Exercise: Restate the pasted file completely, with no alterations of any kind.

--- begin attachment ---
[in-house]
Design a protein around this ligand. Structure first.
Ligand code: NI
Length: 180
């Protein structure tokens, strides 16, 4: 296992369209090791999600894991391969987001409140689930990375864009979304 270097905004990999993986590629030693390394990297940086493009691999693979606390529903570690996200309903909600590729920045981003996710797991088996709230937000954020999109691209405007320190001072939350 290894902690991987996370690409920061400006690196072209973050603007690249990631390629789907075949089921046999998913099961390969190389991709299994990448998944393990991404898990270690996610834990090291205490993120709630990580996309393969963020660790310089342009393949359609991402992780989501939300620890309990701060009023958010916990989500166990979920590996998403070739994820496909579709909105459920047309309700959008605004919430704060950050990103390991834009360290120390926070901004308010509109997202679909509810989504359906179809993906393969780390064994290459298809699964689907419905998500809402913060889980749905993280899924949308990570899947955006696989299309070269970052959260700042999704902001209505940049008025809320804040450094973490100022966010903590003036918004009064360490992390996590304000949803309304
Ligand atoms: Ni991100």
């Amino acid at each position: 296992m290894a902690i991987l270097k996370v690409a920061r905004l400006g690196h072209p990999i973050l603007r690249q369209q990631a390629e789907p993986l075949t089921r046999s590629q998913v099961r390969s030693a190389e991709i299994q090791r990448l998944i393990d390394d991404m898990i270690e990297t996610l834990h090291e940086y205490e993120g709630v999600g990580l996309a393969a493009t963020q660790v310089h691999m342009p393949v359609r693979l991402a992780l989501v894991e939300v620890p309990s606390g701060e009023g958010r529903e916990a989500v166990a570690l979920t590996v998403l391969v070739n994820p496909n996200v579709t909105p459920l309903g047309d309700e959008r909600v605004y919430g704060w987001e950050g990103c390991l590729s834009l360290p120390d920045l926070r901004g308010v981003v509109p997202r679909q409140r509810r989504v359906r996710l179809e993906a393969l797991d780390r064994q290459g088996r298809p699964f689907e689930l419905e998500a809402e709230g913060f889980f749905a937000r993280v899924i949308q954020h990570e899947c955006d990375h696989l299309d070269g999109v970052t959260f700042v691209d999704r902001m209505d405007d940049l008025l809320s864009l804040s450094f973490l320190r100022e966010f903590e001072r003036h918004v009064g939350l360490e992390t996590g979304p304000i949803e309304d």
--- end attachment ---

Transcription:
[in-house]
Design a protein around this ligand. Structure first.
Ligand code: NI
Length: 180
């Protein structure tokens, strides 16, 4: 296992369209090791999600894991391969987001409140689930990375864009979304 270097905004990999993986590629030693390394990297940086493009691999693979606390529903570690996200309903909600590729920045981003996710797991088996709230937000954020999109691209405007320190001072939350 290894902690991987996370690409920061400006690196072209973050603007690249990631390629789907075949089921046999998913099961390969190389991709299994990448998944393990991404898990270690996610834990090291205490993120709630990580996309393969963020660790310089342009393949359609991402992780989501939300620890309990701060009023958010916990989500166990979920590996998403070739994820496909579709909105459920047309309700959008605004919430704060950050990103390991834009360290120390926070901004308010509109997202679909509810989504359906179809993906393969780390064994290459298809699964689907419905998500809402913060889980749905993280899924949308990570899947955006696989299309070269970052959260700042999704902001209505940049008025809320804040450094973490100022966010903590003036918004009064360490992390996590304000949803309304
Ligand atoms: Ni991100």
């Amino acid at each position: 296992m290894a902690i991987l270097k996370v690409a920061r905004l400006g690196h072209p990999i973050l603007r690249q369209q990631a390629e789907p993986l075949t089921r046999s590629q998913v099961r390969s030693a190389e991709i299994q090791r990448l998944i393990d390394d991404m898990i270690e990297t996610l834990h090291e940086y205490e993120g709630v999600g990580l996309a393969a493009t963020q660790v310089h691999m342009p393949v359609r693979l991402a992780l989501v894991e939300v620890p309990s606390g701060e009023g958010r529903e916990a989500v166990a570690l979920t590996v998403l391969v070739n994820p496909n996200v579709t909105p459920l309903g047309d309700e959008r909600v605004y919430g704060w987001e950050g990103c390991l590729s834009l360290p120390d920045l926070r901004g308010v981003v509109p997202r679909q409140r509810r989504v359906r996710l179809e993906a393969l797991d780390r064994q290459g088996r298809p699964f689907e689930l419905e998500a809402e709230g913060f889980f749905a937000r993280v899924i949308q954020h990570e899947c955006d990375h696989l299309d070269g999109v970052t959260f700042v691209d999704r902001m209505d405007d940049l008025l809320s864009l804040s450094f973490l320190r100022e966010f903590e001072r003036h918004v009064g939350l360490e992390t996590g979304p304000i949803e309304d």